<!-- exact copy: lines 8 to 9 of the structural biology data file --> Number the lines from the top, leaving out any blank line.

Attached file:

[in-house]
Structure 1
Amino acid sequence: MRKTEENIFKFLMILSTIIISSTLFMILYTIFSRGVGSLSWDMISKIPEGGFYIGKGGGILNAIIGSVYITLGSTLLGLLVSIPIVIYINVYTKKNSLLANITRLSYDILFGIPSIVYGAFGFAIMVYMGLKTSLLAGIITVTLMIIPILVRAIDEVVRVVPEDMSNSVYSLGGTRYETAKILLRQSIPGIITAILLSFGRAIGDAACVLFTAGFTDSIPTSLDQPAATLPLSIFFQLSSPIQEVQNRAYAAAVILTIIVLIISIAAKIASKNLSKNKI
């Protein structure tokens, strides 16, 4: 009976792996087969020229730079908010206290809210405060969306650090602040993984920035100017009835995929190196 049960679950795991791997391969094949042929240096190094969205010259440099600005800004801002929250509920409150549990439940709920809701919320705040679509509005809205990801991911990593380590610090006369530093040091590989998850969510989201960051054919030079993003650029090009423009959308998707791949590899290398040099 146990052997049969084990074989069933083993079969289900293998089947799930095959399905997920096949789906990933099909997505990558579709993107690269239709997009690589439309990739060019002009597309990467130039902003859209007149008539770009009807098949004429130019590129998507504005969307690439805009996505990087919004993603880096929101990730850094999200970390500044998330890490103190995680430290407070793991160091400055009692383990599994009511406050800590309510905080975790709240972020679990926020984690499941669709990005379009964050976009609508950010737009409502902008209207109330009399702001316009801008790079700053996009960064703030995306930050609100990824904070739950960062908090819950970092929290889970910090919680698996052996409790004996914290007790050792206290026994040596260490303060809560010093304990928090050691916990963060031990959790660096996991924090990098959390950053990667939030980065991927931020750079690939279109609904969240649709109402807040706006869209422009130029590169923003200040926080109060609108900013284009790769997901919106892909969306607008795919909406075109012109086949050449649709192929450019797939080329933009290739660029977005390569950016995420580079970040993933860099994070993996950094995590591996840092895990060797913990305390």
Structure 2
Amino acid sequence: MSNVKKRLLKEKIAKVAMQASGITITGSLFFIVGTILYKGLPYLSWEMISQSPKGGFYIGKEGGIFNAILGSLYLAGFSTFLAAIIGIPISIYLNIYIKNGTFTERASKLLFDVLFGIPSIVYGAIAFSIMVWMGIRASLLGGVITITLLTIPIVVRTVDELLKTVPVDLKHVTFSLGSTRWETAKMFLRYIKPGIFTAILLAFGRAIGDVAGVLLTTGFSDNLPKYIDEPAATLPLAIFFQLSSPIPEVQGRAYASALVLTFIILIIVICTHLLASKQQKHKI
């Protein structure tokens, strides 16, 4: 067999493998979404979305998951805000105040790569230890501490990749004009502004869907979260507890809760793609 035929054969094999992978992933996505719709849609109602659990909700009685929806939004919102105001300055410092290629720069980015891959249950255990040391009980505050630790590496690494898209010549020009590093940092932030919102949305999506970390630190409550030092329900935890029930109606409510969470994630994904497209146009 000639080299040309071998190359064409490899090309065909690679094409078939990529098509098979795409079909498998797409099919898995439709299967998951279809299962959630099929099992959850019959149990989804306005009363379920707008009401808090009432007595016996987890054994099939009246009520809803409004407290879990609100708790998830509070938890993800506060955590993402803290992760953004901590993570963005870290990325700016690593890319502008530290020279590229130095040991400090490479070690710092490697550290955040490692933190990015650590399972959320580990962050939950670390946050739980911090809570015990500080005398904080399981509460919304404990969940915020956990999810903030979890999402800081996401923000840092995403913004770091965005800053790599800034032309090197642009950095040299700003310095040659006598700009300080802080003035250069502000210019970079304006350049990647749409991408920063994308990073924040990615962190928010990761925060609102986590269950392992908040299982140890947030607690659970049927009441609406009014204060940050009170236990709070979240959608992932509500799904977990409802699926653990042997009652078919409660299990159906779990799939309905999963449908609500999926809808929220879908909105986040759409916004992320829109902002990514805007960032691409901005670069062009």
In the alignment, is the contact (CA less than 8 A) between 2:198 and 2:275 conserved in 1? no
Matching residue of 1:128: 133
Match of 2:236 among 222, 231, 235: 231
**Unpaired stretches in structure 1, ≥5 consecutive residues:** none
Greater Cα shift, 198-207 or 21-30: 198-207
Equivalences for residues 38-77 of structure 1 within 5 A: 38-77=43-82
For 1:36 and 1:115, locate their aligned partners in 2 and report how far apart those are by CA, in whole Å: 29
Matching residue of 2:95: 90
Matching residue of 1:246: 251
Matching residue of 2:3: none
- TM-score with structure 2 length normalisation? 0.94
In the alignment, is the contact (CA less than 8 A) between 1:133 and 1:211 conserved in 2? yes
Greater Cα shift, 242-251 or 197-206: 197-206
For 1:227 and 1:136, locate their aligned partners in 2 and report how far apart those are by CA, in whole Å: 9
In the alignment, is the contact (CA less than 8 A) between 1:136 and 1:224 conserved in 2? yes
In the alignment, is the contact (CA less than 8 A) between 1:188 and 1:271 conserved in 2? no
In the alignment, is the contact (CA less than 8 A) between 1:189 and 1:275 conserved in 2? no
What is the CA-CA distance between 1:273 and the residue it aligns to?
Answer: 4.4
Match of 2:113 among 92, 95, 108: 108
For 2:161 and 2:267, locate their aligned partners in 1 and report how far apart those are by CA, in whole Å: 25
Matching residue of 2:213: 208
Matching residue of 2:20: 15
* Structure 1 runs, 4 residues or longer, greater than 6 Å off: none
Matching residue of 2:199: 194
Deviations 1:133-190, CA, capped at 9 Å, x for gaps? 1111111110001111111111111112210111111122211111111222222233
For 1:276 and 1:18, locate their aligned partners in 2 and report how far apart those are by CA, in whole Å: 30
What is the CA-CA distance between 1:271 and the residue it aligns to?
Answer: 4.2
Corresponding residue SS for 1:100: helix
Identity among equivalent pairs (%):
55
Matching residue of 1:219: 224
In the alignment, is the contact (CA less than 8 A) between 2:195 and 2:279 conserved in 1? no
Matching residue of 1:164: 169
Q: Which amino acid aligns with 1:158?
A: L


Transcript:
In the alignment, is the contact (CA less than 8 A) between 2:198 and 2:275 conserved in 1? no
Matching residue of 1:128: 133